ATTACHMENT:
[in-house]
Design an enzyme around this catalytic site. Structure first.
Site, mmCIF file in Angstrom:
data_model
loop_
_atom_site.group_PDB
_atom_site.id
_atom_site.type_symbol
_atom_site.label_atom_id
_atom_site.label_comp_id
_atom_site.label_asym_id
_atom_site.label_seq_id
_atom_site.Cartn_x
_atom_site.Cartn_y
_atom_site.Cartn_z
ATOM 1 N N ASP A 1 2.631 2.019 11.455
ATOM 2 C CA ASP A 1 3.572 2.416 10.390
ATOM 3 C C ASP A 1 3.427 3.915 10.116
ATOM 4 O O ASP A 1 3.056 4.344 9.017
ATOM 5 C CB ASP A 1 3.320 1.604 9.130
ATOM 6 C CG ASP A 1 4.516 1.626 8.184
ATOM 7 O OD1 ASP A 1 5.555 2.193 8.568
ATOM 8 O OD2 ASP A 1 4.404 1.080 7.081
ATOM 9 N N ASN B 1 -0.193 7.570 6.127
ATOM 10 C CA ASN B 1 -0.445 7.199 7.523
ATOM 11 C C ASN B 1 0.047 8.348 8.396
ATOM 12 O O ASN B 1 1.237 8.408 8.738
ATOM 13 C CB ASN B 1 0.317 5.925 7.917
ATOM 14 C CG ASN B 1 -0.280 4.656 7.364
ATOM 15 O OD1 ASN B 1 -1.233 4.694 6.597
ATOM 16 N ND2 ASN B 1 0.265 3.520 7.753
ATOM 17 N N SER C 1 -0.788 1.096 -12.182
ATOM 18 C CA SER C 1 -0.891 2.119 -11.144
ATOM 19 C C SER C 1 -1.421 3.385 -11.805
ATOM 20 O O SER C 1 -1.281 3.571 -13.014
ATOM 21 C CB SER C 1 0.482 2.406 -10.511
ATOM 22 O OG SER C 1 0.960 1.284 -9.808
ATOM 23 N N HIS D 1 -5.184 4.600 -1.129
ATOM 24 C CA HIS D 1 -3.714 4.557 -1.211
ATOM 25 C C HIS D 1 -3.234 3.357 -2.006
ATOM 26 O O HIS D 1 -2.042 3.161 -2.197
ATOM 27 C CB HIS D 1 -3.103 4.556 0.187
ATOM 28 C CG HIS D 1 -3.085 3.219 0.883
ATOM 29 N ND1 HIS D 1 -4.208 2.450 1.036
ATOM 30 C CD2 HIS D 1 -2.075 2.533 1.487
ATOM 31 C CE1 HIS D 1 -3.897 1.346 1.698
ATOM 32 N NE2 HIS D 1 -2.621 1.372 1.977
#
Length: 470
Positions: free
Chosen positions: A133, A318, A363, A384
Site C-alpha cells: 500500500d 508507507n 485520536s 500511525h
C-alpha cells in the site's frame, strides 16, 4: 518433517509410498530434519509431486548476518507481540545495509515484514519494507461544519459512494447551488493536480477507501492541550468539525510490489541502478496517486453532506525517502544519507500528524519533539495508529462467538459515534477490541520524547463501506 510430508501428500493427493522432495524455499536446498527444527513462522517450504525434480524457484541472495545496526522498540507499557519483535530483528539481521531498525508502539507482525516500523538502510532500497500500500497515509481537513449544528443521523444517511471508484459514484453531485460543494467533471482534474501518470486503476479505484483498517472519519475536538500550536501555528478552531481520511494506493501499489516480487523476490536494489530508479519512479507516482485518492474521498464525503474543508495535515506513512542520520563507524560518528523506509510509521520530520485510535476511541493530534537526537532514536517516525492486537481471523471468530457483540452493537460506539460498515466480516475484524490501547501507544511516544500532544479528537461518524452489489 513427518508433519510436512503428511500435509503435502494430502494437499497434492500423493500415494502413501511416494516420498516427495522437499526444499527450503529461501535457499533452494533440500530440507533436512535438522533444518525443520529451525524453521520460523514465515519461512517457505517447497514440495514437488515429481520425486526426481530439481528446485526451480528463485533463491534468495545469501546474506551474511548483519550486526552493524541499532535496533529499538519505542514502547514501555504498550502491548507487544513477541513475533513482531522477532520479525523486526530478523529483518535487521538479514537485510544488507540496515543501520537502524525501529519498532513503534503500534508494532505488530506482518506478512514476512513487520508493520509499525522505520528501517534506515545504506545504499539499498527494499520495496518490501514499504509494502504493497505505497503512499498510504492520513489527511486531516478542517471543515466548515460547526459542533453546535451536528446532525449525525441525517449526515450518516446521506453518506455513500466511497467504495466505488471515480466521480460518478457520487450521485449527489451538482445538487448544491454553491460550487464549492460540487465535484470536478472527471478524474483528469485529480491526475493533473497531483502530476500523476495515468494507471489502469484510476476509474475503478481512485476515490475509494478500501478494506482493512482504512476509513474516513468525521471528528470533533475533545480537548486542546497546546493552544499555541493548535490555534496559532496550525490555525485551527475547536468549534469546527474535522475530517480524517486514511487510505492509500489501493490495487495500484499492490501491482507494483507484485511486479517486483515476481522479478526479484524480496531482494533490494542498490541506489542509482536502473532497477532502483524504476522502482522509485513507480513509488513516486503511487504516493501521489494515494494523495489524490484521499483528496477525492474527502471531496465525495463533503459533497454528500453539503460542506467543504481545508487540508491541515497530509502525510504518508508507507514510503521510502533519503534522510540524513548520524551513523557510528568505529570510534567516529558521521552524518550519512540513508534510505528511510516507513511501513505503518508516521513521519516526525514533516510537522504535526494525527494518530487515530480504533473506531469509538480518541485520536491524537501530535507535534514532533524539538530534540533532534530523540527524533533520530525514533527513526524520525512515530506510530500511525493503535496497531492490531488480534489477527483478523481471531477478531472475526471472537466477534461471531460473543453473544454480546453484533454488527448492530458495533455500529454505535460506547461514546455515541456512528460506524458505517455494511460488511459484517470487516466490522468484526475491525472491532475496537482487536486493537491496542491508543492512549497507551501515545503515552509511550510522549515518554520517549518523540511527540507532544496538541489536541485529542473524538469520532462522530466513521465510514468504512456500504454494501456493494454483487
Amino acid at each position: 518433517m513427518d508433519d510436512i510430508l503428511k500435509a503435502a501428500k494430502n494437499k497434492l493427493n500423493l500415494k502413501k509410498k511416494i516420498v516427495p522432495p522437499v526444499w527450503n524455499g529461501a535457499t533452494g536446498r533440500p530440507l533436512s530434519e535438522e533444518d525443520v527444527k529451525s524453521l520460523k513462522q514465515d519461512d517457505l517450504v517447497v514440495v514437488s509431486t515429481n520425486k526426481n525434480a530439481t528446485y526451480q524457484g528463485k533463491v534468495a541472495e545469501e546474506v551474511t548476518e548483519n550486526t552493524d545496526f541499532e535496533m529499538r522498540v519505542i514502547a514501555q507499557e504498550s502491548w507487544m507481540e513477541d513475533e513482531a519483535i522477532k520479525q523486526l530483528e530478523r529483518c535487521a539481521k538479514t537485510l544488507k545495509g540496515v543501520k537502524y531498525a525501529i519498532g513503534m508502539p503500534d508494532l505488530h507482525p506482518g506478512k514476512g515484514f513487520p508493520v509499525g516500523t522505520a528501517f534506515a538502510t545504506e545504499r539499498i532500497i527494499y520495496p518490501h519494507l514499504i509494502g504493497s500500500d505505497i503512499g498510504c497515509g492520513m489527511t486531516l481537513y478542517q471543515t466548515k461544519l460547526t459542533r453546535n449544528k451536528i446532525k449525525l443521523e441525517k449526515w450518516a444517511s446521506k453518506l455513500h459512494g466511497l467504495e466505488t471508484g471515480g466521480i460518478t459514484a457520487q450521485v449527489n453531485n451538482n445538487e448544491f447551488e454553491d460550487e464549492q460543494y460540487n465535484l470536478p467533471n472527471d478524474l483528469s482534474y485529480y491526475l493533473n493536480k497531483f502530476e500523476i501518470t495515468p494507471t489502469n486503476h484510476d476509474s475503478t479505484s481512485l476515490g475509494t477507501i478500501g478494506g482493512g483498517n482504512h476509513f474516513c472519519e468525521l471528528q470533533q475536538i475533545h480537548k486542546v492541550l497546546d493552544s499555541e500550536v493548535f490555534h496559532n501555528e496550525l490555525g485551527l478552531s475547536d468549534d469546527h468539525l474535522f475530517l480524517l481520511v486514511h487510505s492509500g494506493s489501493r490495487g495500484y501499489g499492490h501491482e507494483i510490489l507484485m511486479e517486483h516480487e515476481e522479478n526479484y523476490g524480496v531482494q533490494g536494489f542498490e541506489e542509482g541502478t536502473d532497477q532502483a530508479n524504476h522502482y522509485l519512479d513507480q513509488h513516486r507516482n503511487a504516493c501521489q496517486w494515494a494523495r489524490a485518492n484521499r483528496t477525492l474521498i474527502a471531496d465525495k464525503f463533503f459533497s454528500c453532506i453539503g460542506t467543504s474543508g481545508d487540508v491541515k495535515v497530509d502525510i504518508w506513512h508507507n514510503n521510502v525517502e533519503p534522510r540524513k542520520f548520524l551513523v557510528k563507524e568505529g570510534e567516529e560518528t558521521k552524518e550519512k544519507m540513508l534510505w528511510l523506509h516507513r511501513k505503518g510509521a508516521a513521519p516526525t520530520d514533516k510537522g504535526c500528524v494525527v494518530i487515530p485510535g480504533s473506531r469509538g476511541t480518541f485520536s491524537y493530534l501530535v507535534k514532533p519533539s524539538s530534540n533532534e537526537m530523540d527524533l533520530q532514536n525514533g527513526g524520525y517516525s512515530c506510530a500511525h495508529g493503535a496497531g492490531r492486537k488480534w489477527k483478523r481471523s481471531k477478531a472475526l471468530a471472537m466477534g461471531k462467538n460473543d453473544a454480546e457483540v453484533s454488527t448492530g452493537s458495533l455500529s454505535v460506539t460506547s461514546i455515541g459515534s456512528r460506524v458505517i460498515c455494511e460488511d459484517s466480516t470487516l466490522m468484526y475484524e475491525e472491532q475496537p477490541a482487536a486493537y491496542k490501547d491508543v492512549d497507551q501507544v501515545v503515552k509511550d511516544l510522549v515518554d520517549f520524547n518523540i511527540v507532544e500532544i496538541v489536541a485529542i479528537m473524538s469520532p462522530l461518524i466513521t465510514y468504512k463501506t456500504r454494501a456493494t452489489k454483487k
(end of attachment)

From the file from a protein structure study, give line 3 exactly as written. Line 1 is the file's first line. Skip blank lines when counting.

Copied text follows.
Site, mmCIF file in Angstrom: